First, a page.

My annual ultra sound procedure in 1997 showed no change; in 1998 and 1999 it increased to 4.0 x 3.7, in 2000, 2002 and 2003 it increased to 4.3 x 4.4, and in June 2004 it increased to 5.3 x 5.0 which I jokingly told my doctor it was time to sell. My primary doctor, Frank Livelli, told me it was time to have surgery performed to remove the risk of sudden death.

I spoke to Kenny, my son the doctor, who consulted our good friend, Dr. Jonathan Sussman who is a vascular radiologist at Columbia-Presbyterian and is a member of a team that performs surgery to bypass aneurysms. Although I would have preferred to have the surgery at Columbia, where Kenny and Jonathan are on the staff, Jonathan recommended Dr. Michael Marin at Mt. Sinai Hospital for a very good reason.

While treating an elderly patient for this problem at Montefiore Hospital, where Dr. Marin was an attending surgeon in 1992, he realized that this patient was too ill for conventional surgery and he began looking for alternatives. After a few months of searching, Dr. Marin found an Argentine surgeon named Juan Parodi, who had invented a new, minimally invasive technique, which Dr. Marin brought to Montefiore.

A stent-graft -a sort of artificial artery made of polyester fitted over a stent – is inserted into the abdominal aorta via two small incisions in the patient’s groin. The graft is positioned at the site of the aneurysm, where it pops into place and serves as a sort of artery within an artery – the aneurysm is bypassed, and blood flows through the graft instead. Surgery that used to involve a two-week hospital stay and several months’ recovery time now has patients out of the hospital the next day, and recovery takes less than two weeks.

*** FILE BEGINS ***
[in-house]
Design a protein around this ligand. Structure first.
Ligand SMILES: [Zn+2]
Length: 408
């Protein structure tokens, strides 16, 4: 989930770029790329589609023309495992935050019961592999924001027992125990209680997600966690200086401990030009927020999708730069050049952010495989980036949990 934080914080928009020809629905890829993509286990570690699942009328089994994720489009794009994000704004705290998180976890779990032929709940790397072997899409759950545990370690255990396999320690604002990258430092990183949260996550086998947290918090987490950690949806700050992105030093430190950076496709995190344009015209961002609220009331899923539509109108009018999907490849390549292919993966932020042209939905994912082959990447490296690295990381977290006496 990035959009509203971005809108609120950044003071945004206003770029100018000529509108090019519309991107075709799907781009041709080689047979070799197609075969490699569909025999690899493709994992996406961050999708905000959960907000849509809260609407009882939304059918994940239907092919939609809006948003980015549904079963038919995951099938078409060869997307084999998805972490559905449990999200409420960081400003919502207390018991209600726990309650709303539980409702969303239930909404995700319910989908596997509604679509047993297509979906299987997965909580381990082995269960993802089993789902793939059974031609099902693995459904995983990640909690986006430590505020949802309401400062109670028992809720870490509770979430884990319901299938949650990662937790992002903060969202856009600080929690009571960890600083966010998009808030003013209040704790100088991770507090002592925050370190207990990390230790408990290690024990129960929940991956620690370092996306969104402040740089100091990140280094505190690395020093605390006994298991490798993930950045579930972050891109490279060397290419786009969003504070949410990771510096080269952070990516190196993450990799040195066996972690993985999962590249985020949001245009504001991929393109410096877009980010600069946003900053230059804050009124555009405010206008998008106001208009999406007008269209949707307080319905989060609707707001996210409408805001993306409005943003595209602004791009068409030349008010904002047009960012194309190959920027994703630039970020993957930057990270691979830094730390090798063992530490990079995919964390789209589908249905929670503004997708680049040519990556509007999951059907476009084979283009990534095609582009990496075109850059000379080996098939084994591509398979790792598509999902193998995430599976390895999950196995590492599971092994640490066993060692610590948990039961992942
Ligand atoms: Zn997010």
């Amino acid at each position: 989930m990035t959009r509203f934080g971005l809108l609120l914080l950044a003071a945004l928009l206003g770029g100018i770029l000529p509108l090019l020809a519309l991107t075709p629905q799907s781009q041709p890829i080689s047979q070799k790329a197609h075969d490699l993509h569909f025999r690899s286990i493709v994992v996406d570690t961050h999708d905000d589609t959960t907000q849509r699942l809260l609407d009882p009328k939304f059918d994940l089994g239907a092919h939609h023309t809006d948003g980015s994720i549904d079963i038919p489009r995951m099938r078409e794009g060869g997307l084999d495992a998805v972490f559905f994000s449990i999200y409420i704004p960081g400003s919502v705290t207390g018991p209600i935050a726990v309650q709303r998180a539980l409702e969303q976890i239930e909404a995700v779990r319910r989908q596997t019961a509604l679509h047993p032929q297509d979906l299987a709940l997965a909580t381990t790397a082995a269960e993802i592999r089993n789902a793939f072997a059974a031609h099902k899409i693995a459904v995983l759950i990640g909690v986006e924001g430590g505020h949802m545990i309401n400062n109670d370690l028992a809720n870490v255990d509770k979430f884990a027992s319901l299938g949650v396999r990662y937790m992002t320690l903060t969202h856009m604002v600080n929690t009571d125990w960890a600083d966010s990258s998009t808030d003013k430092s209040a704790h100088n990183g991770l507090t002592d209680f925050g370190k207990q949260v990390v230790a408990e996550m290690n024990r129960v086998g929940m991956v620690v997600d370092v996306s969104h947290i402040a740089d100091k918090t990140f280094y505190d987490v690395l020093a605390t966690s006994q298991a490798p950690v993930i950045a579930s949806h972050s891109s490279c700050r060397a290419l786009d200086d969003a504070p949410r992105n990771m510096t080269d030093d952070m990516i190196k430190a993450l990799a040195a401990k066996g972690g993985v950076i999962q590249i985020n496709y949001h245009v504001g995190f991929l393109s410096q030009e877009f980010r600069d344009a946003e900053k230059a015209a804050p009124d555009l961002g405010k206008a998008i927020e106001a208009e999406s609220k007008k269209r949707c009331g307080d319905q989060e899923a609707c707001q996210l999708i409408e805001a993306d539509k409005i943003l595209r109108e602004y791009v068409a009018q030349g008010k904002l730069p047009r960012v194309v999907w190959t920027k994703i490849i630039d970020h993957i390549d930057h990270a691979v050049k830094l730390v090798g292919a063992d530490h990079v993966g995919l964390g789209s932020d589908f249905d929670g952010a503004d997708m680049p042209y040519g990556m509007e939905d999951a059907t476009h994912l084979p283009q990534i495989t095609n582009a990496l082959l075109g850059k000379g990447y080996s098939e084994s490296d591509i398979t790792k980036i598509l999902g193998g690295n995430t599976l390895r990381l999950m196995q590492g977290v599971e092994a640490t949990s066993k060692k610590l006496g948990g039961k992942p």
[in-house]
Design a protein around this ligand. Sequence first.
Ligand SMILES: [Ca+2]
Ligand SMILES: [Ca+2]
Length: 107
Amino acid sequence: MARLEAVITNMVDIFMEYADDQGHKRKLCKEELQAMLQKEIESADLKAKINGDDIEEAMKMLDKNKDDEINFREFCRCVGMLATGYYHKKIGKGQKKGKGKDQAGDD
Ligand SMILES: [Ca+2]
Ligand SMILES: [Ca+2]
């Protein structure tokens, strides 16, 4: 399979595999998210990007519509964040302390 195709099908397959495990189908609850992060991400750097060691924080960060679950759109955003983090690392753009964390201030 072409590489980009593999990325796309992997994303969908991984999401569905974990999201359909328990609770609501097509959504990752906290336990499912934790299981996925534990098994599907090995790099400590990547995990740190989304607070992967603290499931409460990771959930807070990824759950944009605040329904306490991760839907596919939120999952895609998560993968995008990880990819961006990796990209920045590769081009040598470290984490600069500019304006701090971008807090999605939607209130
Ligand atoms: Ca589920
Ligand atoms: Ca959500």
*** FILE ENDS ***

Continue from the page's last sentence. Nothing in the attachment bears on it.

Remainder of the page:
On July 6, I went to see Dr. Marin, who was now at Mt. Sinai, for consultation and he advised me that if an angiogram would show the exact location of the aneurysm to be below the renal arteries in the kidney area, I would be a candidate for a stent-graft. That very same day he scheduled me to have a CT scan and X-Rays and two days later he sent me to Dr. Squire on Park Avenue for an EKG. On July 20, I went for a stress test; these procedures were to determine the condition of my health and to assure my ability to undergo surgery. On July 28, an angiogram was performed and, fortunately, I could have an endovascular aortic aneurysm repair and not have to endure an open-chest procedure.

Luck played an important part in my life for several reasons. Since having an aneurysm is insidious with absolutely no symptoms whatsoever, had I not had a CT scan in 1996 for a GI problem, I would never know that I was a “ticking time bomb.” Secondly, I was fortunate in having the location below the kidney so that I could have a stent-graft instead of regular surgery.